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Earth had been invaded by aliens from outer space, the Visitors. After a devastating war, humanity drove the invaders off. The victory was costly, but eventually the Visitors withdrew to Mars.
“The Family Business,” a science fiction novel by Mike Kupari, takes place in that invasion’s aftermath. Nathan Foster is a bounty hunter. He occasionally tracks down murderers and drug dealers, but his primary quarry are war criminals and human traitors who collaborated with the Visitors.
Located in Prescott, Arizona, it is a family business. His understudy and assistant is his fifteen-year-old teenage nephew Ben, Nathan’s only surviving relative. Also assisting Nathan is Shadow, a genetically enhanced Doberman-Shepherd mix, a trained attack dog. His partner and office manager is Stella Rickles.
The business exists due to changes in Federal law after the war ended. The federal government attempted to permanently perpetuate its wartime emergency powers. The veterans who fought the war, including Nathan, decided they did not fight to overthrow alien tyrants to submit to a human tyranny. A series of Constitutional Amendments sharply limited Federal power.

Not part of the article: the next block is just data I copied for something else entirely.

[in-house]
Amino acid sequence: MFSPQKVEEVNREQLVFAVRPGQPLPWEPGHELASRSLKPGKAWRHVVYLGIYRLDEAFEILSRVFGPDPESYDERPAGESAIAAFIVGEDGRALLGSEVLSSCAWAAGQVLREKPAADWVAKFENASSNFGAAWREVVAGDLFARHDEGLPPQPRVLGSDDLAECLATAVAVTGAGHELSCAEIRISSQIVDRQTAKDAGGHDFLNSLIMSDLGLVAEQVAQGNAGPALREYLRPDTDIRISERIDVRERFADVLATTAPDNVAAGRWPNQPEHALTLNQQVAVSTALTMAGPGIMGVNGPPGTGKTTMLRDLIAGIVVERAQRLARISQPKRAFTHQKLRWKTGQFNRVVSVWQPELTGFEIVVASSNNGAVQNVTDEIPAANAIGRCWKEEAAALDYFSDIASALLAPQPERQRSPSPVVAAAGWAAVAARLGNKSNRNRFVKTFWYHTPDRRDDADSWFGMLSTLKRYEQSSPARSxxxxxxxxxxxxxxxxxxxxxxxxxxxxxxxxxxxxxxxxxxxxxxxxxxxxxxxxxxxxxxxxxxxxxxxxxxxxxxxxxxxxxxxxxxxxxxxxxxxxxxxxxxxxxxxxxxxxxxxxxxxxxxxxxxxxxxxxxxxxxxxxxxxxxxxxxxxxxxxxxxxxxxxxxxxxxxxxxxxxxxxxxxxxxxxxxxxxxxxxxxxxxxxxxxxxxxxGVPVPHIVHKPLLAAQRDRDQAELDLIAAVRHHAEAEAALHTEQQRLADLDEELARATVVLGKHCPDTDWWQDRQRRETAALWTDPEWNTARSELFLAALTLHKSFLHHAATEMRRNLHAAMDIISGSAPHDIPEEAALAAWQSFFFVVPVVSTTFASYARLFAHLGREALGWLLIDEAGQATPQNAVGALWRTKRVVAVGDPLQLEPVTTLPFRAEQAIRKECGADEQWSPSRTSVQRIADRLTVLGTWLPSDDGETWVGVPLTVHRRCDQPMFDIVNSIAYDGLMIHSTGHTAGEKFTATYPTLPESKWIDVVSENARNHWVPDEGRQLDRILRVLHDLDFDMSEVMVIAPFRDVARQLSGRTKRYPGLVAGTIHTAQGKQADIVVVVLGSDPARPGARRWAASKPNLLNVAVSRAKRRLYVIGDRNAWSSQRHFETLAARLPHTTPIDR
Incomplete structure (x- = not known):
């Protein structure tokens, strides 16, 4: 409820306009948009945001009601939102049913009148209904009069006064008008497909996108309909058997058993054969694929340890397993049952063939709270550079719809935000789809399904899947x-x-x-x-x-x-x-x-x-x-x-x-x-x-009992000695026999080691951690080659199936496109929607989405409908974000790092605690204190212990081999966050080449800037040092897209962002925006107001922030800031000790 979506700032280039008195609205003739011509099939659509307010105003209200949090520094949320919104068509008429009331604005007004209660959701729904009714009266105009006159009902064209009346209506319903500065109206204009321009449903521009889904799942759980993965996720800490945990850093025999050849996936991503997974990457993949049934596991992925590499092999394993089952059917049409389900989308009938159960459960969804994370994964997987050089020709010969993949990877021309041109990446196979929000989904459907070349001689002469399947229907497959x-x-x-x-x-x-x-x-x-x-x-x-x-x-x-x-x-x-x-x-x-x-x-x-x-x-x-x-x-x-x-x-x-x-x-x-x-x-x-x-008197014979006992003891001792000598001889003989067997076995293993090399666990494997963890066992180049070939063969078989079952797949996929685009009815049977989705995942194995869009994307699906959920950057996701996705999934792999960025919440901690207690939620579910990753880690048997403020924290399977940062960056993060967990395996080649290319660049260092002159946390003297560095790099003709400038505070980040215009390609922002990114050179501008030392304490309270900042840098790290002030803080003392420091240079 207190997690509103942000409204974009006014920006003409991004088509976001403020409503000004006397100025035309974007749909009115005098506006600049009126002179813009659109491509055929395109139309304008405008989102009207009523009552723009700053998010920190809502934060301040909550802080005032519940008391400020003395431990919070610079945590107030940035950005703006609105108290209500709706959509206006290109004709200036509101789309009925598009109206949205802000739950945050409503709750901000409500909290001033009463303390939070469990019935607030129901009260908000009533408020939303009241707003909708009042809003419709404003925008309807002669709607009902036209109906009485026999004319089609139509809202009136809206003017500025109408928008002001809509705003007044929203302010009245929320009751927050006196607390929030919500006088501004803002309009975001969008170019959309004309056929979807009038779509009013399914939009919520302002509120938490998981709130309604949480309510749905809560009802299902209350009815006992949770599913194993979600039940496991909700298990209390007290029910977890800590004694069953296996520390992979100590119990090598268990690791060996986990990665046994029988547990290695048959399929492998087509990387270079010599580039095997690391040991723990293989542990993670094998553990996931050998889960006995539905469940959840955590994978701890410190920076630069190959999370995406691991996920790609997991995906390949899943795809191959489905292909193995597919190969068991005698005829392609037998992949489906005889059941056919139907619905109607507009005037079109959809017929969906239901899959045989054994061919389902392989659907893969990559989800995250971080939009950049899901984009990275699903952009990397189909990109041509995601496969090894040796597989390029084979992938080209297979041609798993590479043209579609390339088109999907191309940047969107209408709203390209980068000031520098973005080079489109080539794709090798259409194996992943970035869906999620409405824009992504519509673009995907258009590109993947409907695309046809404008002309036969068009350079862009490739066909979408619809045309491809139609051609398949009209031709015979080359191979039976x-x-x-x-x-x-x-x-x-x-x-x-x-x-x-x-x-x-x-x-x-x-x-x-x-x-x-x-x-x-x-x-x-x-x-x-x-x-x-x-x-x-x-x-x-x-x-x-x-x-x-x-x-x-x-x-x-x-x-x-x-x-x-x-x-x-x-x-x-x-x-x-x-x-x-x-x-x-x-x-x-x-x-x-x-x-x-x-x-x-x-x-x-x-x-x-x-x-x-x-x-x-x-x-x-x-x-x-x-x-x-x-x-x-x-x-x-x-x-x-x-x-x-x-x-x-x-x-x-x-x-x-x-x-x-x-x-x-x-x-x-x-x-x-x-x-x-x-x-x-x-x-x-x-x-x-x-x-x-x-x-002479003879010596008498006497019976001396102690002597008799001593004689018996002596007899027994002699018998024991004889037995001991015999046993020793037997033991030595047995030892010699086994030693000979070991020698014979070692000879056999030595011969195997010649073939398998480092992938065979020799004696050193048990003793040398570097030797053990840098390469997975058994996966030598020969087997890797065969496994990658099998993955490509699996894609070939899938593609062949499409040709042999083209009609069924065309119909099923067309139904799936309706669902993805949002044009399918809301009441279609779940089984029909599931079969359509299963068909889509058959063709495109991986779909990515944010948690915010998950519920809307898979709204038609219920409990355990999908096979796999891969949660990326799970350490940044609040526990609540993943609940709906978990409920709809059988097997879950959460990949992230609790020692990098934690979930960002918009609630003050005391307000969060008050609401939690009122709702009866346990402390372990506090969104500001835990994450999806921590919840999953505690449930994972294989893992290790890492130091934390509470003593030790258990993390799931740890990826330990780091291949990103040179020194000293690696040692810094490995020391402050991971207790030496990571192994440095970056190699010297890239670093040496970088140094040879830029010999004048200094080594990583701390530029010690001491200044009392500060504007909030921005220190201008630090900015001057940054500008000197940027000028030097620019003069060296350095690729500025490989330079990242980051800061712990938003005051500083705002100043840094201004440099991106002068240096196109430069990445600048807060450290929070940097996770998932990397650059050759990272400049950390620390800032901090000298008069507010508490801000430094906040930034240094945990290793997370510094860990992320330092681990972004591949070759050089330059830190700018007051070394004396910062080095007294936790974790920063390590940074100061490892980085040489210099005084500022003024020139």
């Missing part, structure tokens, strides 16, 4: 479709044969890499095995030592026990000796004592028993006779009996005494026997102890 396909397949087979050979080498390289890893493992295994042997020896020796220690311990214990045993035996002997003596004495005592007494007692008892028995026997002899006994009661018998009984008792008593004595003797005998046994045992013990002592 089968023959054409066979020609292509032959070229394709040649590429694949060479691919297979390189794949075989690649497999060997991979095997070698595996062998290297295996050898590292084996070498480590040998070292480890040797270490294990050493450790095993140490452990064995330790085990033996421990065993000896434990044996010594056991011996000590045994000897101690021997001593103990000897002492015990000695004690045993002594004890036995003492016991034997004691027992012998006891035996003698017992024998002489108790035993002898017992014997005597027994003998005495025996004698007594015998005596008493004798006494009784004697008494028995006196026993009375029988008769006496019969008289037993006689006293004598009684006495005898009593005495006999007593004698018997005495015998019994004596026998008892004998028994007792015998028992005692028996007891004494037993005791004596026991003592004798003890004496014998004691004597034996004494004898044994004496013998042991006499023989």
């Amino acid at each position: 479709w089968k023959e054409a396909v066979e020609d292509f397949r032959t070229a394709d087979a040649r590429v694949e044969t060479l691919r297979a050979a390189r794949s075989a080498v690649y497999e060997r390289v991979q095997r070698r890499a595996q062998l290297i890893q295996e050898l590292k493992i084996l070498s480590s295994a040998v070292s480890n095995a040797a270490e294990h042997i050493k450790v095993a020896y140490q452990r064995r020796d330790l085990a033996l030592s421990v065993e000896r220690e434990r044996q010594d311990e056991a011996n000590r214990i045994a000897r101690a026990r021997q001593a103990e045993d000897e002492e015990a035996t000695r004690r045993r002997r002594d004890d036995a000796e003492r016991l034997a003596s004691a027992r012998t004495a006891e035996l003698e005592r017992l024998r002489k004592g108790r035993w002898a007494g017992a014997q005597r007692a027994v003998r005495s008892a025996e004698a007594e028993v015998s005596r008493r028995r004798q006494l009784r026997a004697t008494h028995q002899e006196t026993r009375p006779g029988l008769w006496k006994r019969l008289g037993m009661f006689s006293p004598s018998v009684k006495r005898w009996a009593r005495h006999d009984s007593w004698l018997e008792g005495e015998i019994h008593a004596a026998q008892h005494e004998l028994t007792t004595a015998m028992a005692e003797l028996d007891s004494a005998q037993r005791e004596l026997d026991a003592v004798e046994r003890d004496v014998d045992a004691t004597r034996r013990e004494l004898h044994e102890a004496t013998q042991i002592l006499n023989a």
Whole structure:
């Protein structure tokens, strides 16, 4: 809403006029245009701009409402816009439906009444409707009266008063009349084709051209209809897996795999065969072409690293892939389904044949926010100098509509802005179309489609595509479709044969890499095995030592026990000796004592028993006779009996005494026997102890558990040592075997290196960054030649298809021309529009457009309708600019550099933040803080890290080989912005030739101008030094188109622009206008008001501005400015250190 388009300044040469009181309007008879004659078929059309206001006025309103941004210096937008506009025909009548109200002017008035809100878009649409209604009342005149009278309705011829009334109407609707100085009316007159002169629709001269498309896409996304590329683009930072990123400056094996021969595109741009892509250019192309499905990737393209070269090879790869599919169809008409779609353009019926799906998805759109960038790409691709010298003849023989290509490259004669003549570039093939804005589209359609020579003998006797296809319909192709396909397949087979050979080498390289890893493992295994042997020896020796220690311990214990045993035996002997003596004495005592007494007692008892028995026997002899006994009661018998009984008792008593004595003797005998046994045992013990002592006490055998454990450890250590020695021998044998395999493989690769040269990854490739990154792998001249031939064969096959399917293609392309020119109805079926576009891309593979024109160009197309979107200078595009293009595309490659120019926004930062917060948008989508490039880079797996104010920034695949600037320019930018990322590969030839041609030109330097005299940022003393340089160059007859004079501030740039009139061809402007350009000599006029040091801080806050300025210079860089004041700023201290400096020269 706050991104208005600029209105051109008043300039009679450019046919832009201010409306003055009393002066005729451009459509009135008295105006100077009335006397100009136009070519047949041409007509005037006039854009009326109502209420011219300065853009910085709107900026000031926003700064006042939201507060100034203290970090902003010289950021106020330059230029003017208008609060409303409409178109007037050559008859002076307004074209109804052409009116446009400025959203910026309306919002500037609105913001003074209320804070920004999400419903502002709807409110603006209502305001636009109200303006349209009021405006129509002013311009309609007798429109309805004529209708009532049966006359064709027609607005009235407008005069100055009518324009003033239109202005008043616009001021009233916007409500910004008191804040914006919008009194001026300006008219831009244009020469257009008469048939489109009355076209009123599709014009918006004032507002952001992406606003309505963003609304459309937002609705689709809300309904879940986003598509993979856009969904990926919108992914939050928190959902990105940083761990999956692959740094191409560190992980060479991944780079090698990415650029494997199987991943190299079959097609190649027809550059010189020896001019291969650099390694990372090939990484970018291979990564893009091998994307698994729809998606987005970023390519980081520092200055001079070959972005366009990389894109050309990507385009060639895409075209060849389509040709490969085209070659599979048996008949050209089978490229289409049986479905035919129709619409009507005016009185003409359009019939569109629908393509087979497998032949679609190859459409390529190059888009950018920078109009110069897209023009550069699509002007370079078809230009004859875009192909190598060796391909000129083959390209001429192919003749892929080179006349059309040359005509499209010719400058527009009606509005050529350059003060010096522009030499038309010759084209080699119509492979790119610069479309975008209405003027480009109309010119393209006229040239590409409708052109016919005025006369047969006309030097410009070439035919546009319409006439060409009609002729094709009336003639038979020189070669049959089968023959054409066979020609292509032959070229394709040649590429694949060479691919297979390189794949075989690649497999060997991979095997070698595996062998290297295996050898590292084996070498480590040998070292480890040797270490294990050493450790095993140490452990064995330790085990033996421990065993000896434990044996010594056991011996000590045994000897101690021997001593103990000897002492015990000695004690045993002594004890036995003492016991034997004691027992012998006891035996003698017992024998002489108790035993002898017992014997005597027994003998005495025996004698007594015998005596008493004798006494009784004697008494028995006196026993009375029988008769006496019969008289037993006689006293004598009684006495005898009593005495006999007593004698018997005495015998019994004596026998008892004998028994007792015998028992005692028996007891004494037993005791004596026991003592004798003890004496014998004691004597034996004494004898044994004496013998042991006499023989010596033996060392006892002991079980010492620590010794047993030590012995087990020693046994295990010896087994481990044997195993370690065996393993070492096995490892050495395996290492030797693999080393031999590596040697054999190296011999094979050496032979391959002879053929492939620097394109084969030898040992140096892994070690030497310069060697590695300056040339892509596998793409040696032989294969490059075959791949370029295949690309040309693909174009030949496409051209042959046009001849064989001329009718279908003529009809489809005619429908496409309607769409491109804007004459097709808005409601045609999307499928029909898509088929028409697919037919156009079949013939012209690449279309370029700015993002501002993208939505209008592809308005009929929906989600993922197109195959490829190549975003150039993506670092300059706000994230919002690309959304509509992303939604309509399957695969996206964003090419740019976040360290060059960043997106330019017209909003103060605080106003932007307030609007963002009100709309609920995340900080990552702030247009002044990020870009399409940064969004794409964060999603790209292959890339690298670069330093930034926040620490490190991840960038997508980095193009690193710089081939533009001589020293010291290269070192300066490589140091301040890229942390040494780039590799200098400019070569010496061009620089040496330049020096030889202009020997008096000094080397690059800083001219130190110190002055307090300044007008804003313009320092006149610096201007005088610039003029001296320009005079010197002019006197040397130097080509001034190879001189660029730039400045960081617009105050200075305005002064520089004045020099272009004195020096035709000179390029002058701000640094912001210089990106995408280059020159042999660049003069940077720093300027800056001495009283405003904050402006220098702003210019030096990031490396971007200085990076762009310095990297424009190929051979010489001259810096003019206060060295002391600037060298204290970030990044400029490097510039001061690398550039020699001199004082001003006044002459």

Many arrest powers were ceded to licensed and bonded civilian recovery agents. Not being civil servants they can be held accountable for errors and illegal actions. It seems screwy and inefficient, but separating powers of arrest and detention curbs government excess.
Now Nathan is called in to hunt for Emmogene Anderson. While in her teens Emmogene worked with the Visitors. She was experimented on, implanted with something allowing her to control others through mental activity. She escaped from Federal detention where she was serving a multi-year term for collaboration. Rather, she was taken from custody by a team led by her obsessive ex-lover, a Visitor commando unwilling to concede the war was over.
Although recruited by the Federal government, Nathan learns he is not being told the whole story. He believes the Feds may want Emmogene as a way of restoring Federal primacy. Or there might be more behind Emmogene than anyone aligned with the Federal government or the Visitors realizes. Nathan and Ben must decide what is right in a largely lawless world, and their decisions may decide the fate of the world.
“The Family Business” is a fast-paced adventure, set in a US altered by a war fought on its soil. Kupari tells an exciting tale, one which entertains, while simultaneously examining the enduring vision of the United States’s Founding Fathers.
“The Family Business,” by Mike Kupari, Baen Books, 2021, 336 pages, $15.99 (paperback), $8.99 (ebook)
This review was written by Mark Lardas who writes at Ricochet as Seawriter. Mark Lardas, an engineer, freelance writer, historian, and model-maker, lives in League City, TX. His website is marklardas.com.Published in